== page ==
A young psychic on the run from himself is recruited by a government agency experimenting with the use of the dream-sharing technology and is given the inverse task of planting an idea into the mind of the U.S. president.
A government funded project looks into using psychics to enter people's dreams, with some mechanical help. When a subject dies in his sleep from a heart attack Alex Gardner becomes suspicious that another of the psychics is killing people in the dreams somehow and that is causing them to die in real life. He must find a way to stop the abuse of the power to enter dreams. Written by
Dennis Quaid was the first and only choice for Alex Gardner, after the producers loved his dedication for the role and the project during its pre-production stage. See more »
When Ms. Matusik has a heart attack, the paddles used to try and revive her are placed in the wrong spots on her chest. One paddle is supposed to be placed on the upper right of the patient and the other on the lower left at the base of the ribs. This allows for proper current travel through the heart. But both paddles are placed on her upper chest at her shoulders. This would do nothing for the patient. Also, you can see the actor jump before she is "shocked." See more »
For 1984, this is a good sci-fi movie. I remember watching its as a kid. I was scared for days of the Snake Man in the movie. Having watched it recently, I noticed that it had naturally lost the terror that it instilled when I was a child. Despite this, it brought back foggy memories and allowed me to analyze and enjoy the film on an adult level.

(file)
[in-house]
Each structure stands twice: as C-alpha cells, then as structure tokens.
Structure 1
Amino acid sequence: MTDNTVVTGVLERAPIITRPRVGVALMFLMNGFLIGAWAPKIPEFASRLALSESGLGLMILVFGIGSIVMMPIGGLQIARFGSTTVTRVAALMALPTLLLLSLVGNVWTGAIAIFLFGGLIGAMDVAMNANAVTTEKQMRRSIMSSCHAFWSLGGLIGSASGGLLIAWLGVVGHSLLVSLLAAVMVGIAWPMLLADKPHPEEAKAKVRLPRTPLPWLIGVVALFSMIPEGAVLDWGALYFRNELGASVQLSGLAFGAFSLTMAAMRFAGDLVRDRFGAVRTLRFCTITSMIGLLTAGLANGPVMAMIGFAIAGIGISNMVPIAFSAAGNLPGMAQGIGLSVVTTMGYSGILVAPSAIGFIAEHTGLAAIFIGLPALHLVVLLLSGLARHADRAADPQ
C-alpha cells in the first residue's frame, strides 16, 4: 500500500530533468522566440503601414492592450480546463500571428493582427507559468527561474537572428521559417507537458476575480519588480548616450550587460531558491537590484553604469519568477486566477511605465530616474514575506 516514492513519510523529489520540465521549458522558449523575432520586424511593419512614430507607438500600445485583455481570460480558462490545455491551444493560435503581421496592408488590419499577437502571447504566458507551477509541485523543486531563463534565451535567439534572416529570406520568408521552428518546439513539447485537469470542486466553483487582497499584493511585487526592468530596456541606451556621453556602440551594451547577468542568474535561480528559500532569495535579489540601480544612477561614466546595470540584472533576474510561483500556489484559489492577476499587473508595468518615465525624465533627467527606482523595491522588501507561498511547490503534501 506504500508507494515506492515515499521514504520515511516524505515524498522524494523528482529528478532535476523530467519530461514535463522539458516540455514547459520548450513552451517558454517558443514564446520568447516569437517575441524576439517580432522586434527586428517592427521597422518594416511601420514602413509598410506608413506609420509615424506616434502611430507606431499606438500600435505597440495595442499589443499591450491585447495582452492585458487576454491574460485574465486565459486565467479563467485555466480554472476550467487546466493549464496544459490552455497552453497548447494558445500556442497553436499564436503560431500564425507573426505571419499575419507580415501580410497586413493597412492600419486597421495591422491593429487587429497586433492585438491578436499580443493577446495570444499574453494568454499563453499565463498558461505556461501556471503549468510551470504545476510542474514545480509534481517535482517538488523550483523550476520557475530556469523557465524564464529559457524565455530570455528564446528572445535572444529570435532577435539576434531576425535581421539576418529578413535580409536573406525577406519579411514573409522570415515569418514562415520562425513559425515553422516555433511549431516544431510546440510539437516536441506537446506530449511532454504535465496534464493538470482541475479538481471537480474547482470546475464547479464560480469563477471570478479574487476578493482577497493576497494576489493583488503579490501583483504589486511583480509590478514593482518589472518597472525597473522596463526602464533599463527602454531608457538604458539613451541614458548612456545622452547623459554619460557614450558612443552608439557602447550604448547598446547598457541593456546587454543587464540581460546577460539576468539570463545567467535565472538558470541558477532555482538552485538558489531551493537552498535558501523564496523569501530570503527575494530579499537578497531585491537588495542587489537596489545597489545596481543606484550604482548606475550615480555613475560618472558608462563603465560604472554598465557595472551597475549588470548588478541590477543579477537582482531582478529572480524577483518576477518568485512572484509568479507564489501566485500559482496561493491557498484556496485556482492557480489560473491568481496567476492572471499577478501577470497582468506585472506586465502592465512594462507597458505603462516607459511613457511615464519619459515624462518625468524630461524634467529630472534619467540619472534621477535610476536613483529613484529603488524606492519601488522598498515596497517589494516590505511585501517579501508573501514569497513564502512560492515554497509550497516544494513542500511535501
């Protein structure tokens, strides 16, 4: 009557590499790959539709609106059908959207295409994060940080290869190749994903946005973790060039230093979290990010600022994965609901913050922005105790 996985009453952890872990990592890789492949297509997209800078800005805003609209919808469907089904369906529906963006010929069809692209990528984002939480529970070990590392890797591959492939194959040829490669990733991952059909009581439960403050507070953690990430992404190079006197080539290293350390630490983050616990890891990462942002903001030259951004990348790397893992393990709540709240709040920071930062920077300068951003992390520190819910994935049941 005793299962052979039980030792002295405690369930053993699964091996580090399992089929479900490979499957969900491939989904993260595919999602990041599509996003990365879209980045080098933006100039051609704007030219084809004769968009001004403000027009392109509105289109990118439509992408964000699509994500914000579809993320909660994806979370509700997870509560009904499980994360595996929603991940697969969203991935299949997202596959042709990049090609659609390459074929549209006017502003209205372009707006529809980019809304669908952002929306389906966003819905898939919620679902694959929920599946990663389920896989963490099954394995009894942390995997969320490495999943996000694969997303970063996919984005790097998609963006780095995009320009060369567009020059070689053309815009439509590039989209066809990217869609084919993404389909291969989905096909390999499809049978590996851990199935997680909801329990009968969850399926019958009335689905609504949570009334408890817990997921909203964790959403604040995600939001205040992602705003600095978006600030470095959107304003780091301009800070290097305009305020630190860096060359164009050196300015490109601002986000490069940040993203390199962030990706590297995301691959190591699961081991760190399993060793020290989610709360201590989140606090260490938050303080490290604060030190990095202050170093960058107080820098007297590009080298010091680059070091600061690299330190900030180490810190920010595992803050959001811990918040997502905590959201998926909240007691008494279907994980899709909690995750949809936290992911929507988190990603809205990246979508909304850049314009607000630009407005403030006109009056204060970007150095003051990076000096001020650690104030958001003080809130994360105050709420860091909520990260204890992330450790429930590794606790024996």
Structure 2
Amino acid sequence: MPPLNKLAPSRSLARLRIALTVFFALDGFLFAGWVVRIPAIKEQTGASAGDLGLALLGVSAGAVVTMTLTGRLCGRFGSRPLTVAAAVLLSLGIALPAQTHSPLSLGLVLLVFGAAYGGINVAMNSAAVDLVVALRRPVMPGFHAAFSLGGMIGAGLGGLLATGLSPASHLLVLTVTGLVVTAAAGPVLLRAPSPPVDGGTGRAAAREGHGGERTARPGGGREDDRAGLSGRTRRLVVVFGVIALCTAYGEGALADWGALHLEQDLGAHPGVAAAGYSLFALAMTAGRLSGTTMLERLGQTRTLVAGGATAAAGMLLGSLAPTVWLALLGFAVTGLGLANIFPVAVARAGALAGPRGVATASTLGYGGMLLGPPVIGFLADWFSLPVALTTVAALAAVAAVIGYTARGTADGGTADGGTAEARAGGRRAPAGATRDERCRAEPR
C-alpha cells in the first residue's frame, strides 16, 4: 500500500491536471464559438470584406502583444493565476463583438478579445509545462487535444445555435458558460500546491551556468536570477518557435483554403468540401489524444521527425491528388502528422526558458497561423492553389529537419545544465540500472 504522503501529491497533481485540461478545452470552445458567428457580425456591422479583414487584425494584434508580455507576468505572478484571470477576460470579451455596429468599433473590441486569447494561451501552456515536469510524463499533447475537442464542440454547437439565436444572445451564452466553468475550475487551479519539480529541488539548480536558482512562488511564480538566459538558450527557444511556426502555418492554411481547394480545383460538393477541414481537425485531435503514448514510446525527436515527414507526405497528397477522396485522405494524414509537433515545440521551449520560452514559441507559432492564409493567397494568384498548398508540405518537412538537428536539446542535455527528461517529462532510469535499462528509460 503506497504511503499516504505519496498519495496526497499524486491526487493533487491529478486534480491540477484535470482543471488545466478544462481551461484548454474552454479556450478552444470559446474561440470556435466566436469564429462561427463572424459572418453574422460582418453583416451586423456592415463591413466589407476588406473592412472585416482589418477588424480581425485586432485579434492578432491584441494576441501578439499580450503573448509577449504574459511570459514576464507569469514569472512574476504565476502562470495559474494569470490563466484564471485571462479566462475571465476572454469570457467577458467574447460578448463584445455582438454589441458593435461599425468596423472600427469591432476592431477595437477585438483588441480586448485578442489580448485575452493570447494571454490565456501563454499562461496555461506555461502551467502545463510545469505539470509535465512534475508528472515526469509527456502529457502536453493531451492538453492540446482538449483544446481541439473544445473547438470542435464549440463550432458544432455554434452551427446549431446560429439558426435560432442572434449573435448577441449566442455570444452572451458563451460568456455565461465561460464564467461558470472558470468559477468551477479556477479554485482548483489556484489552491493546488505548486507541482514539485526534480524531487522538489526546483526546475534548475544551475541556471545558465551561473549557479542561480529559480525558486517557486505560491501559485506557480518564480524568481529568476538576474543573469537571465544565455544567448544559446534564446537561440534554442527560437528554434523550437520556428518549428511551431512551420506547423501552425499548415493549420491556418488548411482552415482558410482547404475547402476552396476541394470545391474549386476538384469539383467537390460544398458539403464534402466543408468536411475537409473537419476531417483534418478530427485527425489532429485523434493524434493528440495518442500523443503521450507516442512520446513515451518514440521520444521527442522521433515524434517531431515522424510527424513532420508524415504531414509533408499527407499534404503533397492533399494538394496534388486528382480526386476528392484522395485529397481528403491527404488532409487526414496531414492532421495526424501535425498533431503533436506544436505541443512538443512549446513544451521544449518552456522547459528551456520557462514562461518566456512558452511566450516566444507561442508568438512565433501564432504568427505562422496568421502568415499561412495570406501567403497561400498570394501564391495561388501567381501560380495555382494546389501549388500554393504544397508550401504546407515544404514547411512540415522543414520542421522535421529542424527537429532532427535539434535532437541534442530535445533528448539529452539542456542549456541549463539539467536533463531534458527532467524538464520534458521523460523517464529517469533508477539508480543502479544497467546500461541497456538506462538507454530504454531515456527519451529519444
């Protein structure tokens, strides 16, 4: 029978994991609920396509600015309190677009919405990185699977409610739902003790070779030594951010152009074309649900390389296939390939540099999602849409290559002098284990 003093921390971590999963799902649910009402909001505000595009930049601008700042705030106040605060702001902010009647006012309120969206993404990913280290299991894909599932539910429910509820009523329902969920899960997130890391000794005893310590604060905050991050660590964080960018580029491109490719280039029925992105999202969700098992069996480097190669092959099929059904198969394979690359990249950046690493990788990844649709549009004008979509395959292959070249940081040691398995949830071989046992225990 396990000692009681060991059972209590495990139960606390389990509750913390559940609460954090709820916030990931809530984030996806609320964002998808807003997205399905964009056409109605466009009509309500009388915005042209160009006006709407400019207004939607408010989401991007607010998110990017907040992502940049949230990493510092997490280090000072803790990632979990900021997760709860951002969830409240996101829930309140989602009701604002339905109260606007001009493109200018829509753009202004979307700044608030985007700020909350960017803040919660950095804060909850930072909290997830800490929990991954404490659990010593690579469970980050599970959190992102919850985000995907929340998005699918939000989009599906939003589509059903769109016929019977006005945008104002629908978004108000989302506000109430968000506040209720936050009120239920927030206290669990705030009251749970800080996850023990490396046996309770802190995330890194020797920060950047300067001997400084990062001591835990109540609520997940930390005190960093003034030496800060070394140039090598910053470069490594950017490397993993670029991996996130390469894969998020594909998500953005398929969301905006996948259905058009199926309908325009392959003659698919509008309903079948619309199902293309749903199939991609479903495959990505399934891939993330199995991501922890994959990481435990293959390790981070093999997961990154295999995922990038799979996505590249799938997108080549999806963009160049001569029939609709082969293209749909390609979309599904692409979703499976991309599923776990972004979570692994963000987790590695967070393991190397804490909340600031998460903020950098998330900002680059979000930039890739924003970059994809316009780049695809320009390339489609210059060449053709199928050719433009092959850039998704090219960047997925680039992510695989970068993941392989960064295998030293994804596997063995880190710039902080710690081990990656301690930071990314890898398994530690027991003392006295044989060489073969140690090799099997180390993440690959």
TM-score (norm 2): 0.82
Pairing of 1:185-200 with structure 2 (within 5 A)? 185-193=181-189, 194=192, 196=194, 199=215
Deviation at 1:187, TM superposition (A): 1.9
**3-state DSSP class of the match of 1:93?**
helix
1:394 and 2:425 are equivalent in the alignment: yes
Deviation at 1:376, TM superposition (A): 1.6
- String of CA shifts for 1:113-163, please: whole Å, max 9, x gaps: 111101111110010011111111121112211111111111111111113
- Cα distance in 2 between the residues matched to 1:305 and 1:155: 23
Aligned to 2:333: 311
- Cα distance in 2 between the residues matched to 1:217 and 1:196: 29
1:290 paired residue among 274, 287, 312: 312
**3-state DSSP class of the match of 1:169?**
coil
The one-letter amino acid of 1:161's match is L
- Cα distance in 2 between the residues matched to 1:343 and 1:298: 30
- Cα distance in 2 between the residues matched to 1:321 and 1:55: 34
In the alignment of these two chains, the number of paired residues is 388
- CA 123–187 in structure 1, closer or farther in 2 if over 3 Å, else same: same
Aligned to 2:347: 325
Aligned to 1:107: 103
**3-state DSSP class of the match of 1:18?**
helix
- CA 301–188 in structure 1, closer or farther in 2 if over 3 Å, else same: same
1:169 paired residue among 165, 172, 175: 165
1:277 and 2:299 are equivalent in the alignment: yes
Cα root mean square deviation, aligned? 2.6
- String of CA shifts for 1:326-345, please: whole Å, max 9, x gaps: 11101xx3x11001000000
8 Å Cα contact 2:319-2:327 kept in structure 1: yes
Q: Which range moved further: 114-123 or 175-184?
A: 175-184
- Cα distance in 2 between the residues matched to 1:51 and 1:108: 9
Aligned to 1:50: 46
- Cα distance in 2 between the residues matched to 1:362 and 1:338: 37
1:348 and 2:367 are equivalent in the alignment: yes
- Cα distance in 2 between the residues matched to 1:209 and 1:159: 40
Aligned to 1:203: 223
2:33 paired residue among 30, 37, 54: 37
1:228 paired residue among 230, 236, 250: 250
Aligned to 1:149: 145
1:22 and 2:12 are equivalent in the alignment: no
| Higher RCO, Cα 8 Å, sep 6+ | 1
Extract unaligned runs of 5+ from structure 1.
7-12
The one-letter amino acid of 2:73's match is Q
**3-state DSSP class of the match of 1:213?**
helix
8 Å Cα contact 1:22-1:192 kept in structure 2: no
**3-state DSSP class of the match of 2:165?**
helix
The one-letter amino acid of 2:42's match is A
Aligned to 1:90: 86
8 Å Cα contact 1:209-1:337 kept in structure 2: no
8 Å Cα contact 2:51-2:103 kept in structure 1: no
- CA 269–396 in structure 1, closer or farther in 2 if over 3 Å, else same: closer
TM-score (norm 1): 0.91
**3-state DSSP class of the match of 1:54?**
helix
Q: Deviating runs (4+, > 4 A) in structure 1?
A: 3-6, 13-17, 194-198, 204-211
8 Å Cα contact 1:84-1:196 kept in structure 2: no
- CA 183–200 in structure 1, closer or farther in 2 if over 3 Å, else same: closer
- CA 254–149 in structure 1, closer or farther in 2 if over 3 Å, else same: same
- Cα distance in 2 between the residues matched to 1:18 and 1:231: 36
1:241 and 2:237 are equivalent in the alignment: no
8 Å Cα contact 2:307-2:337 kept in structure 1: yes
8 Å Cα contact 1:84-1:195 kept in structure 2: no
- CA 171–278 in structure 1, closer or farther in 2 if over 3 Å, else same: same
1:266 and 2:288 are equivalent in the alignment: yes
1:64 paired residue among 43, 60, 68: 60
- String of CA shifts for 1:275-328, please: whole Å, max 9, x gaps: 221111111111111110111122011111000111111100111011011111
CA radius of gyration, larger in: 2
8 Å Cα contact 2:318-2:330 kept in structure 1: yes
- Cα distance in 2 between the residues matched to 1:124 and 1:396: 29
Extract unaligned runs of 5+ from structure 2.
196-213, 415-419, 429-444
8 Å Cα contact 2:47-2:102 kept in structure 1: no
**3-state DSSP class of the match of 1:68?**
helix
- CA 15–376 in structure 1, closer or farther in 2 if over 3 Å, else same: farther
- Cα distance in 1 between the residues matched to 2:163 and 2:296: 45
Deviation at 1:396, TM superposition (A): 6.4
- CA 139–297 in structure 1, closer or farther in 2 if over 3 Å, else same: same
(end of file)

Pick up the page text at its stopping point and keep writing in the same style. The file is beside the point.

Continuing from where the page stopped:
The story concerns a project that allows telepaths to enter into the dreams of others. Inside these dreams they are able to help/harm the individuals from/with their nightmares. Dennis Quaid plays a young Alex Gardner who possesses the gift of telepathy. Under the study of Max Von Sydow and Kate Capshaw (forgot how attractive she was), Alex enter patient's dreams and tries to help them. But with this ability, there are others that would use it as a weapon. When the President (Eddie Albert) begins having haunting nightmares, can someone help him escape his dreams before its too late?
Dreamscape delivers some of the eighties creativity and originality that we can only hope for in today's movies. Take out the gore and grotesqueness of "The Cell" and you could say this movie was its inspiration.
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